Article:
Holy cow, I wrote a book!
The window manager and GDI objects as a general rule
will automatically destroy objects created by a process when that
(The window manager also destroys windows when their owner threads exit.)
Note, however, that this is a safety net
and not an excuse for you to leak resources in your own program
with the attitude of "Oh, it doesn't matter, the window manager
will clean it up for me eventually."
Since it's a safety net,
you shouldn't use it as your primary means of protection.
For one thing,
leaving junk behind to be cleaned up is just plain sloppy.
It suggests that your program is too lazy (or stupid)
to keep track of its own resources and has abdicated this
to the safety net.
It's like throwing your clothes on the floor
because you know your mother will eventually come by to pick it up
and put it away.
For another thing, this clean-up happens inside the window manager and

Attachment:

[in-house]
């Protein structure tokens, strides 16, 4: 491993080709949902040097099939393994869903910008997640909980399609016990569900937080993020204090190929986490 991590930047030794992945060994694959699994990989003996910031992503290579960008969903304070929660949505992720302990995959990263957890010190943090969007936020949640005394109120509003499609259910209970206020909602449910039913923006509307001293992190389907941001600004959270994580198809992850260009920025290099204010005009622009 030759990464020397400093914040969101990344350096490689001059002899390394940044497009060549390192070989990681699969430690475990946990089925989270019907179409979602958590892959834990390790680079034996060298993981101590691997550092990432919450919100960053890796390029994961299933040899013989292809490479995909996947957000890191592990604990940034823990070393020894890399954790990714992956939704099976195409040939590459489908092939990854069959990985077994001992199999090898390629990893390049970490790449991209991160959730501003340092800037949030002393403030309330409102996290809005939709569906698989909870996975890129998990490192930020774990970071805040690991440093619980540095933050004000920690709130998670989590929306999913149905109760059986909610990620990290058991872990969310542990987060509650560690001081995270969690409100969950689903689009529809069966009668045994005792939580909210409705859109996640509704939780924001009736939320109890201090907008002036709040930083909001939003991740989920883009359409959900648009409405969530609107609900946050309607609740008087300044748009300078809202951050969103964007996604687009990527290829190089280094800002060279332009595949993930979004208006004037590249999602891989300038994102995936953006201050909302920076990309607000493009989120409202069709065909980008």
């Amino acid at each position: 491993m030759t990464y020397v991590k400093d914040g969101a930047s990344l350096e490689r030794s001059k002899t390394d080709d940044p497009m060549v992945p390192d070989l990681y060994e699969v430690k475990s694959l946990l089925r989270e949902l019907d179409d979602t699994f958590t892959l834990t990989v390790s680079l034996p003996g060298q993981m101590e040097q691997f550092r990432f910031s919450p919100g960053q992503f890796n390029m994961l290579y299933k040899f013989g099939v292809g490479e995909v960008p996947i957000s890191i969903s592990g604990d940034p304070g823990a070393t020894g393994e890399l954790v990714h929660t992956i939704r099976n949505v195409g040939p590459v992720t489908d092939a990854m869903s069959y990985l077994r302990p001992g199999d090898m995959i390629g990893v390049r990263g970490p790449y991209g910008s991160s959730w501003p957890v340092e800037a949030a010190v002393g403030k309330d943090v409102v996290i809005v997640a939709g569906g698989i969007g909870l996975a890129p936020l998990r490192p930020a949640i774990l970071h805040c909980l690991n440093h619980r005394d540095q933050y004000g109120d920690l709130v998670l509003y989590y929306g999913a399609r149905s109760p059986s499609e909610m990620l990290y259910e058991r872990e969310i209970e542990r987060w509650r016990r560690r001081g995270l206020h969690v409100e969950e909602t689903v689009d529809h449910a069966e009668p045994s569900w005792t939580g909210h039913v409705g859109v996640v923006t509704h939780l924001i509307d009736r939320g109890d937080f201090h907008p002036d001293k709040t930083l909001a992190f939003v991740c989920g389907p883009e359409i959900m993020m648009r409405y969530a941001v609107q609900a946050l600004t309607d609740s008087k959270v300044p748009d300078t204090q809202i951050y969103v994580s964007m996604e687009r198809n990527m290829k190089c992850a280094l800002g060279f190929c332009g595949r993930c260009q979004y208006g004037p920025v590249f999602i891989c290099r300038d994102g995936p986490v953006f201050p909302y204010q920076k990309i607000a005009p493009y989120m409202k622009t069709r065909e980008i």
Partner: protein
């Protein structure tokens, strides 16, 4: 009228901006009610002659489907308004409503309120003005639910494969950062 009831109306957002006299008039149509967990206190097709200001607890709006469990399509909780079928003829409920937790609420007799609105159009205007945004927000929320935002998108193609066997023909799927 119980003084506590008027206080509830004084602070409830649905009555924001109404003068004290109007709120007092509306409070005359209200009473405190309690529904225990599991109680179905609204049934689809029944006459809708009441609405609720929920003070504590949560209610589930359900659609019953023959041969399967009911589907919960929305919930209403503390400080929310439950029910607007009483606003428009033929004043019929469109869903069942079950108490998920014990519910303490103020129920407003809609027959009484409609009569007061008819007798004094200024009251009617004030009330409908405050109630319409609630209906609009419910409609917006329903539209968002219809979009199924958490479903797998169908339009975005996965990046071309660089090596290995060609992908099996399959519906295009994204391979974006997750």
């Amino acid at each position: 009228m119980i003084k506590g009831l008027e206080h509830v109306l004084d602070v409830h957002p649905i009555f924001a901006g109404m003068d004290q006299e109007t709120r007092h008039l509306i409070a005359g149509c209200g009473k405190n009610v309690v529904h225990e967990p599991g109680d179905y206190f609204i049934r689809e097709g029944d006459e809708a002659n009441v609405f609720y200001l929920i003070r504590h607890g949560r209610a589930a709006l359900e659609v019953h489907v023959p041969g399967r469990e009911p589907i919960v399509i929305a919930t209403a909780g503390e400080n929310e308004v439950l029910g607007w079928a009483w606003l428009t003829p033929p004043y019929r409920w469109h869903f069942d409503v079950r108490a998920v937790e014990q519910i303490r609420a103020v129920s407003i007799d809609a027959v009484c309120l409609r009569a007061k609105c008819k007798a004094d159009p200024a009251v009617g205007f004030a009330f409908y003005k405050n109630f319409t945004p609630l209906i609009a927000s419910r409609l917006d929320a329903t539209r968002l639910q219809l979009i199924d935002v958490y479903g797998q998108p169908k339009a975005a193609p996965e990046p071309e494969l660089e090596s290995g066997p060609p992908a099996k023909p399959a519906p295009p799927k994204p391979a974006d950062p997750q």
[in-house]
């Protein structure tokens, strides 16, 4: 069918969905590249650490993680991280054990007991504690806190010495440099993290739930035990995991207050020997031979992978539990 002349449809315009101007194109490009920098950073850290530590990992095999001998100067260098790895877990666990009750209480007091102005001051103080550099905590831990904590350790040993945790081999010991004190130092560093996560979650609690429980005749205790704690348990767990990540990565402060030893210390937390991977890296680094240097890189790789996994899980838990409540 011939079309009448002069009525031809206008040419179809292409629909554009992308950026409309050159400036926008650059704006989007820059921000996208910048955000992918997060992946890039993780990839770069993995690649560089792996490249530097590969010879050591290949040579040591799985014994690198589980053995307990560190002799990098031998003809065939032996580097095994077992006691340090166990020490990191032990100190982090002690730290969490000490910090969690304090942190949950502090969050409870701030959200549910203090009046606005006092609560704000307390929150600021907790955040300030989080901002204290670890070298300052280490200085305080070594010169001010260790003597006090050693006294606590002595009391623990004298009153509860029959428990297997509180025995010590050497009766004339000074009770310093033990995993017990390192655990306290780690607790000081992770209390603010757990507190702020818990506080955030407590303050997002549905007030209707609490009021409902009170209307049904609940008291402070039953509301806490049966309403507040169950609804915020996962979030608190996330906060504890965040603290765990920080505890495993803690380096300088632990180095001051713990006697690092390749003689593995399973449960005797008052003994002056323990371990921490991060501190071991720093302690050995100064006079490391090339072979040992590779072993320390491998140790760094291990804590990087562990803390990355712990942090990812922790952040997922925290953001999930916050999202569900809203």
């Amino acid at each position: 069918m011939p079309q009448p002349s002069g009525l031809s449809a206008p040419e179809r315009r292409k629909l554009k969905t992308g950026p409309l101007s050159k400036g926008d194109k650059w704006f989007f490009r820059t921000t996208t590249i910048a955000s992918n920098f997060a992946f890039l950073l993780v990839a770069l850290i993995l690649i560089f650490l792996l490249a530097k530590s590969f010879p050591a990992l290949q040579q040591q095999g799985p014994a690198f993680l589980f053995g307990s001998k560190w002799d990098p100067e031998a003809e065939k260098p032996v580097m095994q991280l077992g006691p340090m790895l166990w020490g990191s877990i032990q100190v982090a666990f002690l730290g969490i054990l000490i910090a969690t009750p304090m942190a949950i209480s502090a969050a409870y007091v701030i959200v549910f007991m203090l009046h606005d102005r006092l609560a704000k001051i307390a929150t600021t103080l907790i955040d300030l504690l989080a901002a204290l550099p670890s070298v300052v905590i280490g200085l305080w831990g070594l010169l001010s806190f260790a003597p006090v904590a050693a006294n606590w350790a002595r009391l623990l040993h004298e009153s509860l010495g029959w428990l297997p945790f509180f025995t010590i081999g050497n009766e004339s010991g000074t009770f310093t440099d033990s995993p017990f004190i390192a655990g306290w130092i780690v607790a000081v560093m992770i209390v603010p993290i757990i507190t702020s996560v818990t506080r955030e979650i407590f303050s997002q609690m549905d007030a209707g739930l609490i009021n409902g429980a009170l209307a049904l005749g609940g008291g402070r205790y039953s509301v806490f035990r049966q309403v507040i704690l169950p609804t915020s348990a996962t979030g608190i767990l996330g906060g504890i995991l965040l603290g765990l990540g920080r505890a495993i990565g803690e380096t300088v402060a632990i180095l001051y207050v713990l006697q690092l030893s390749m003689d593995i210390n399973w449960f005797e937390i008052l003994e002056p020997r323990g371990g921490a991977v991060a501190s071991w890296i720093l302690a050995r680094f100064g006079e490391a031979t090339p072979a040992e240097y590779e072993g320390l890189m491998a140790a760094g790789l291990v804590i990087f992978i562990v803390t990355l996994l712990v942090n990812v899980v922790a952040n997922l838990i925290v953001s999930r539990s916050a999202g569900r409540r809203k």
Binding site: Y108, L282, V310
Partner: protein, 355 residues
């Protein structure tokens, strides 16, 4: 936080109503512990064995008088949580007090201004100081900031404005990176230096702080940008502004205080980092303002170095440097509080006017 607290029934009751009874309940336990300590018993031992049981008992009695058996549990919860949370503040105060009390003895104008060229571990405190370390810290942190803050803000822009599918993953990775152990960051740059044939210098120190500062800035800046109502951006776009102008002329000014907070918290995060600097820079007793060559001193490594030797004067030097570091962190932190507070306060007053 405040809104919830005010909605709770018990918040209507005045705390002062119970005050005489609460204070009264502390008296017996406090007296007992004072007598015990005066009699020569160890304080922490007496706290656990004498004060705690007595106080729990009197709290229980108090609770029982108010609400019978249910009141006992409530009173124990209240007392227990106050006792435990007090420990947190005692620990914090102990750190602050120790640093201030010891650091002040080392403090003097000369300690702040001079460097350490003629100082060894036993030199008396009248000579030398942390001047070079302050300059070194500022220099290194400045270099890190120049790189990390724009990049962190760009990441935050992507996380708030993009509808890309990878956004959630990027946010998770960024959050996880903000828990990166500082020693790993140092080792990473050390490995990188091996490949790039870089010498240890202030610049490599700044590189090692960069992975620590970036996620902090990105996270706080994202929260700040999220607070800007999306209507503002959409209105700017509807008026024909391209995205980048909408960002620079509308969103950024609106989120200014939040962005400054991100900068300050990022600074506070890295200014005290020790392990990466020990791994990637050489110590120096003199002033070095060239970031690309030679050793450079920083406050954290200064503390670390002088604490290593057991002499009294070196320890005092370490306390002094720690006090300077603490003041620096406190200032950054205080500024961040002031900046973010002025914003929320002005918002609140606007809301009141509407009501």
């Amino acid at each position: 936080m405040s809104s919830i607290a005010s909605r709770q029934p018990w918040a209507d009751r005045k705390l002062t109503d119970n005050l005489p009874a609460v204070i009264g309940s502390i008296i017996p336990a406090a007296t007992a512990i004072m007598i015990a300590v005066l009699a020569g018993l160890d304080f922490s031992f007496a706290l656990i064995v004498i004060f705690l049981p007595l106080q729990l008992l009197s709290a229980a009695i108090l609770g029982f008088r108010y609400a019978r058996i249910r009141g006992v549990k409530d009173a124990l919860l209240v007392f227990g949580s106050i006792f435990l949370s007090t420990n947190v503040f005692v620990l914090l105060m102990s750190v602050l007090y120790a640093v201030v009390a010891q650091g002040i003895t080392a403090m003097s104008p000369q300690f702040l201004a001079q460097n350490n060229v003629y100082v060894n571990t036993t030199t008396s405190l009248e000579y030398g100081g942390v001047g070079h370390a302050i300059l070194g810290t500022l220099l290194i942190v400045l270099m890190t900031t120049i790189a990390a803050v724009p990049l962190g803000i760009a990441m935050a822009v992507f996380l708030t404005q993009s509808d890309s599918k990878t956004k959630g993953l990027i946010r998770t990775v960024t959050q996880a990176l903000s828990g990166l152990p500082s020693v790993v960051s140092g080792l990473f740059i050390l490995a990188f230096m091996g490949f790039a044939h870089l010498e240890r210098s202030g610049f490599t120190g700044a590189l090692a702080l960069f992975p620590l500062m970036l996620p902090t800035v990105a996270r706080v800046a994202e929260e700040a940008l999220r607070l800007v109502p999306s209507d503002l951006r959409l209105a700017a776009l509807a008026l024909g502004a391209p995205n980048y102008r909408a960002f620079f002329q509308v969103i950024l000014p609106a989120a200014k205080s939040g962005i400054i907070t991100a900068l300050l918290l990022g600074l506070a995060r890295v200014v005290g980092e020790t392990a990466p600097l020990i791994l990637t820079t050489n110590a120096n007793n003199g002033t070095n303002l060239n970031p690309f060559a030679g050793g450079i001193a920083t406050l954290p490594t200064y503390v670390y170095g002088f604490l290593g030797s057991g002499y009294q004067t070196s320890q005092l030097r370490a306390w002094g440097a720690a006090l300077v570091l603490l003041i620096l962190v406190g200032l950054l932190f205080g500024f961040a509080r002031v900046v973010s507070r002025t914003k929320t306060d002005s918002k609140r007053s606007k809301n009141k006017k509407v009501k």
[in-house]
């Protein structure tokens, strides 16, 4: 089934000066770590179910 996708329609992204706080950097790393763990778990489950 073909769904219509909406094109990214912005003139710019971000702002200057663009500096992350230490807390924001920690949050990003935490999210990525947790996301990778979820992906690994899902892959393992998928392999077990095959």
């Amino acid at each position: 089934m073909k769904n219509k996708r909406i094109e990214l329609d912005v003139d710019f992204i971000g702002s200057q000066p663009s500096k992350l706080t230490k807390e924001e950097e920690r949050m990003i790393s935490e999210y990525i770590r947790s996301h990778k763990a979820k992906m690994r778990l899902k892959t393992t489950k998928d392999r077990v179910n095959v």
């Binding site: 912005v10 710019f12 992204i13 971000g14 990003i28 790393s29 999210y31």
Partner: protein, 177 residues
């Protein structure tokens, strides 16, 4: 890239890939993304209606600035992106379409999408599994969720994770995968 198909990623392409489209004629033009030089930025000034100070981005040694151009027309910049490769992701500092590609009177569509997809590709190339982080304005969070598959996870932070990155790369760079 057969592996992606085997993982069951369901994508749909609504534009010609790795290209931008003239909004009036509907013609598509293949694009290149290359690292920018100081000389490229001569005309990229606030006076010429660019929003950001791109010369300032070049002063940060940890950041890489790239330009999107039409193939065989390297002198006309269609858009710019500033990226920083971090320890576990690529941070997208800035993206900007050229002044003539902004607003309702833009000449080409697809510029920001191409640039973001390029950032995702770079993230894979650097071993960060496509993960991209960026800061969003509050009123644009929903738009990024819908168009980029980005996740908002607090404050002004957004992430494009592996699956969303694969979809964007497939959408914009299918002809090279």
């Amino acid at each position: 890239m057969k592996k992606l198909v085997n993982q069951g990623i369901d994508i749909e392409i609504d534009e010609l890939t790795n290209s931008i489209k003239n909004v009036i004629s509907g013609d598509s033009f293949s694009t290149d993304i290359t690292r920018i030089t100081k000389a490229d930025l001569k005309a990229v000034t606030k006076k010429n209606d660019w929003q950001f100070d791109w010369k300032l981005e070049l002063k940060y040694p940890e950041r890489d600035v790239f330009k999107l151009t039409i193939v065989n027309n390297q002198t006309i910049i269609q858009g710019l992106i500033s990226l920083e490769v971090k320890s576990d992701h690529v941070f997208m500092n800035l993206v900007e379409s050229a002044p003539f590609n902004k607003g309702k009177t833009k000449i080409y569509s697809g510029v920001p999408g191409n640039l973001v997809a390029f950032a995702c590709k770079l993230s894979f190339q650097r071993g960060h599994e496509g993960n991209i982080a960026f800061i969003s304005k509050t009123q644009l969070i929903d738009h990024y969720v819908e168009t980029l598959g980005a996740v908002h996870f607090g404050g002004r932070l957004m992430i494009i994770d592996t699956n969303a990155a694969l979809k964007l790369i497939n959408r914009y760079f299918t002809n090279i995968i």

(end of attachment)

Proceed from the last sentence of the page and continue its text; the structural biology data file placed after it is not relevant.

no other window manager activity will occur until the clean-up is
complete. If you leaked hundreds or thousands of objects, the system
will seem visually unresponsive because the window manager is busy.
(The system is still running, though.
Operations that do not rely on the user interface, such as
computation-intensive operations or network activity will still
proceed normally while the window manager is cleaning up.)
Why didn't the window manager optimize
the "massive clean-up" scenario?
Because when you design a system,
you focus on optimizing the case where people are using your
system responsibly and in the manner intended.
You don't want to reward the people who are abusing you.
Imagine what kind of message you'd be sending if you designed the
system so that people who abuse the system
get better performance than people who follow the rules!